The trial of the Chicago 7—or Chicago 8, if one includes, as one should, Bobby Seale—is still a big deal if, in fact, a presidential administration’s prosecution of its political enemies is still a big deal. At the time, 1969-70, the media portrayed the “event” as a farcical face-off between the two extremes of American political culture, represented principally by the inept Judge Julius Hoffman, who was more interested in propriety than legality, and the radically theatrical Abbie Hoffman, who with his co-defendants was charged with conspiracy to incite rioting at the 1968 Democratic Convention.
The more bona-fide conspiracy, as the writer-director Aaron Sorkin makes clear at the outset of the new Netflix film “The Trial of the Chicago 7,” was the one between the incoming attorney general, John Mitchell, and his Justice Department lawyers, who cooked up a case against President Richard M. Nixon’s very select enemies list and prosecuted it accordingly.
That “Chicago 7” is turning up on Netflix at this precise moment is no accident, the moment being serious.
It is never a bad time to revisit the case. The filmmaker Brett Morgen did so in 2007 with the largely animated documentary “Chicago 10,” a title that also credited defense lawyers William Kunstler and Leonard Weinglass. HBO’s “Conspiracy: The Trial of the Chicago 8” (1987) and “The Chicago 8” (2011) both relied, like Morgen, on trial transcripts. Not so Sorkin, who tells us both more and less than we need to know and has taken “the most important trial of your lifetime”—as Mitchell (John Doman) describes it to the prosecutor Richard Schultz (Joseph Gordon-Levitt)—and shoehorned it into a conventional Sorkin-esque mold, one in which complicated real-life people have become narrative conventions in a movie full of character types and glib dialogue: “A Few Good Radicals,” perhaps, or an episode of “The Mid-West Wing.”
There is no reason why a dramatization of a historical event has to adhere rigidly to history, unless the license taken fails to work either dramatically or as agitprop. Sorkin is more interested in being entertaining than instructive; and the characterizations, despite being based on real people, feel clichéd. Sacha Baron Cohen is, for one thing, too old to be Abbie Hoffman, and his curious accent travels from Lowell, Mass., to London. Jeremy Strong plays Hoffman’s fellow Yippie defendant, Jerry Rubin, as a comedy sidekick.
There is no reason why a dramatization of a historical event has to adhere rigidly to history, unless the license taken fails to work either dramatically or as agitprop.
Tom Hayden is portrayed by Eddie Redmayne as some kind of privileged white political tourist, when he actually grew up the son of a violent alcoholic, was a parishioner at Father Charles Coughlin’s parish church and became a Freedom Rider in the early ’60s. Gordon-Levitt’s Schultz is supposed to be the conservative conscience among the leftie-oppressing Republicans; but this too is a fabrication, and a cheap one.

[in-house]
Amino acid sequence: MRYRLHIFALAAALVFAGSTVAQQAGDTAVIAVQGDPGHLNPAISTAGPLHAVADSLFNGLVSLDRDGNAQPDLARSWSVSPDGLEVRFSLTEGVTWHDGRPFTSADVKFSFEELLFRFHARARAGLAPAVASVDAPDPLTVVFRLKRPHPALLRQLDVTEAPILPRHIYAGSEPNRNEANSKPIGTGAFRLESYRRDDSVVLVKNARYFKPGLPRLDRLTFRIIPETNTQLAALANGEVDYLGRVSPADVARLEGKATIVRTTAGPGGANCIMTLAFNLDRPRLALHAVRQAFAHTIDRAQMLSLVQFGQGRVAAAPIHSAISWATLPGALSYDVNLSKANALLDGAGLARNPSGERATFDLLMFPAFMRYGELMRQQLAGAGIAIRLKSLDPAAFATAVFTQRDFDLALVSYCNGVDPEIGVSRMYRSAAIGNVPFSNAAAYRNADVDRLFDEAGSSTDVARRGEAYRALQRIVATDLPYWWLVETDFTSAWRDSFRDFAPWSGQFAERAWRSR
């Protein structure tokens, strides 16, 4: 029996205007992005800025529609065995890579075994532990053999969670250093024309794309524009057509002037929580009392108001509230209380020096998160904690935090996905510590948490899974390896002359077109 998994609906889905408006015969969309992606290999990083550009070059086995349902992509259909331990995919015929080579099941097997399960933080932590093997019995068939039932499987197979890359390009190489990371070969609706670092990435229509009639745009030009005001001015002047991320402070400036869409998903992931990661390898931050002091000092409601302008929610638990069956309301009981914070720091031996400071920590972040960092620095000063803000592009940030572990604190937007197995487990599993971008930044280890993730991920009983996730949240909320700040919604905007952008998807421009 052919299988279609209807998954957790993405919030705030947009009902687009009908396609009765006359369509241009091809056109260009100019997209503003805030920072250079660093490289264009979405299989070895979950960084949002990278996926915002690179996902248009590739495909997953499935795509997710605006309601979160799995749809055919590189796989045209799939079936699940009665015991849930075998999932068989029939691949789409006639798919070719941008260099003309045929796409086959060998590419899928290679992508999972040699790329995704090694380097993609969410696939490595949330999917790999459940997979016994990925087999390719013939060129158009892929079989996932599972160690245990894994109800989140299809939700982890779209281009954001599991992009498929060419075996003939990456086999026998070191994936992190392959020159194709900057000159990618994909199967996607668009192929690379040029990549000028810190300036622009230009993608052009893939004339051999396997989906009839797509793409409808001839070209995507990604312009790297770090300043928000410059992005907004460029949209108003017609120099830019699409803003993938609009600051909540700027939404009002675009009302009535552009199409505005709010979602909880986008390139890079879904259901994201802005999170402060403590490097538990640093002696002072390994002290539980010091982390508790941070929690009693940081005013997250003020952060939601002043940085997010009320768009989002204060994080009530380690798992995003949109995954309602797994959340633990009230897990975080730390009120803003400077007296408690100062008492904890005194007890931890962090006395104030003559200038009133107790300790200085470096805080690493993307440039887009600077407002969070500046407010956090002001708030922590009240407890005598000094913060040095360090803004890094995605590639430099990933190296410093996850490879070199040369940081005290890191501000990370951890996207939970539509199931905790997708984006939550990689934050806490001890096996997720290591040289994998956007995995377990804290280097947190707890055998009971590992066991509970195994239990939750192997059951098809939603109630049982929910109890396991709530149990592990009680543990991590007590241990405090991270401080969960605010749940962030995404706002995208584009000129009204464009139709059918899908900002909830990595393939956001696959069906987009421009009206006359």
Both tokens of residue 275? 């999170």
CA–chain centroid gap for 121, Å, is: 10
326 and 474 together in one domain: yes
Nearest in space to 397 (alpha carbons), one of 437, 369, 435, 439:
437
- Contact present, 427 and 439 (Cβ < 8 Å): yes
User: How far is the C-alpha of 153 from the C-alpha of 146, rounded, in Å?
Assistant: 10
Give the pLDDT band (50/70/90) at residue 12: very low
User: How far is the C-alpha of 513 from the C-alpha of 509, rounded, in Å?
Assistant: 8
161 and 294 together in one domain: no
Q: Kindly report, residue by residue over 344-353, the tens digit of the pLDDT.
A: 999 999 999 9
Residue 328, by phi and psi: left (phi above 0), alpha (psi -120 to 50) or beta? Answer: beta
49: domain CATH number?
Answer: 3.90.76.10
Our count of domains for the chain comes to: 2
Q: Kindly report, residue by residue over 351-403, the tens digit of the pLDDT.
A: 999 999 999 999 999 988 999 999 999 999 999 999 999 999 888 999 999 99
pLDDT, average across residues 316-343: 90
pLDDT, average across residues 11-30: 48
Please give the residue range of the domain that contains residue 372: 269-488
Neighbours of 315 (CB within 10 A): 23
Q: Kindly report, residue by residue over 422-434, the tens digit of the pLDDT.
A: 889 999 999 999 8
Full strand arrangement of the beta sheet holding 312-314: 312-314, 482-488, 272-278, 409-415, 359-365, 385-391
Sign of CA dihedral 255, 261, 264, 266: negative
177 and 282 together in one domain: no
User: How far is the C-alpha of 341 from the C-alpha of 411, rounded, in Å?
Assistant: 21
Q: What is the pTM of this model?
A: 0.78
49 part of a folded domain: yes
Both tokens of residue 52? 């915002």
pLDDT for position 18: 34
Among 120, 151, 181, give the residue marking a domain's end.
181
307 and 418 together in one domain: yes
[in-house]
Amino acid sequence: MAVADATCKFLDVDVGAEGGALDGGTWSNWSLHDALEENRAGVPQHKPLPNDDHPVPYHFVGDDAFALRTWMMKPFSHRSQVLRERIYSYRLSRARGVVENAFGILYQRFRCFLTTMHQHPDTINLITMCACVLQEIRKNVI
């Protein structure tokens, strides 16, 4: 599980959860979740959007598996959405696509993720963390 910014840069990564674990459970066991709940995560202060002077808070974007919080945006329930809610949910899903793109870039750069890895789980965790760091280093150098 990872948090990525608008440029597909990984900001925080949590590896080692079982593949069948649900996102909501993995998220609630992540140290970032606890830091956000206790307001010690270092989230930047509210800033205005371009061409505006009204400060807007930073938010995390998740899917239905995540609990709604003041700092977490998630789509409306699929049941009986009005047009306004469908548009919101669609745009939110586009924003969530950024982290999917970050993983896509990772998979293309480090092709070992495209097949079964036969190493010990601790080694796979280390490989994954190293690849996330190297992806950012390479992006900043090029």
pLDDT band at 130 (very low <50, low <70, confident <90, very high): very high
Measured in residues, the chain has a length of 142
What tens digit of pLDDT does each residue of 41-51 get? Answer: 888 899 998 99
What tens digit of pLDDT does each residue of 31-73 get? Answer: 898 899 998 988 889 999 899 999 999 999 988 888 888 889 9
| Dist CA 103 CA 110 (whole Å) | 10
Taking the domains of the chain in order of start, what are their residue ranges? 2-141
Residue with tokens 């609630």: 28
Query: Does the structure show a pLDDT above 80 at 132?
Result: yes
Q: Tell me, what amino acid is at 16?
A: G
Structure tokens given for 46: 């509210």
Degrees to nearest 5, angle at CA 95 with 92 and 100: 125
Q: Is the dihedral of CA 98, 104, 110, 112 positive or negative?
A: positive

Frank Langella, who is a national treasure, is one of the few things that really works in “The Trial of the Chicago 7,” even if his Julius Hoffman is something of a fantasy figure. The way the film plays out, his exasperated judge is the addled, elderly errand boy for a system intent on making examples of an all-star lineup of revolutionaries, cockeyed and otherwise. Seale—whose lawyer, Charles Garry, was having emergency surgery and was unable to attend the trial—is denied permission by Hoffman to represent himself, and his righteous protestations so rankle the judge that he has Seale (Yahya Abdul-Mateen II) shackled and gagged for part of the trial.
It is a remarkable moment in the film; it remains a notorious moment in American jurisprudence. Some would call it emblematic of race relations in America. Sorkin allows the prosecutor Schultz to convince Judge Hoffman that having a trussed-up, handcuffed black man standing trial in an American courtroom might make for bad optics, and Hoffman relents. In actuality the outrage went on far longer than it does on screen.
In addition to Langella, there are two other performances that make “The Trial of the Chicago 7” worth watching. (A third would be Ben Shenkman’s Len Weinglass, if there were more of it.) One is delivered by Michael Keaton, who makes much of his small role as former Attorney General Ramsey Clark, whose testimony in a closed courtroom—explaining that the Johnson administration’s Justice Department had already investigated and declined to prosecute the defendants—is kept by Hoffman from the jury.
The other is given by the always reliable Mark Rylance, who as Kunstler seems to be in another movie, one with real emotions and power and an acknowledgement of the gravity of the moment that he and his co-stars are supposed to be in. That “Chicago 7” is turning up on Netflix at this precise moment is no accident, the moment being serious. The movie, unfortunately, is mostly not.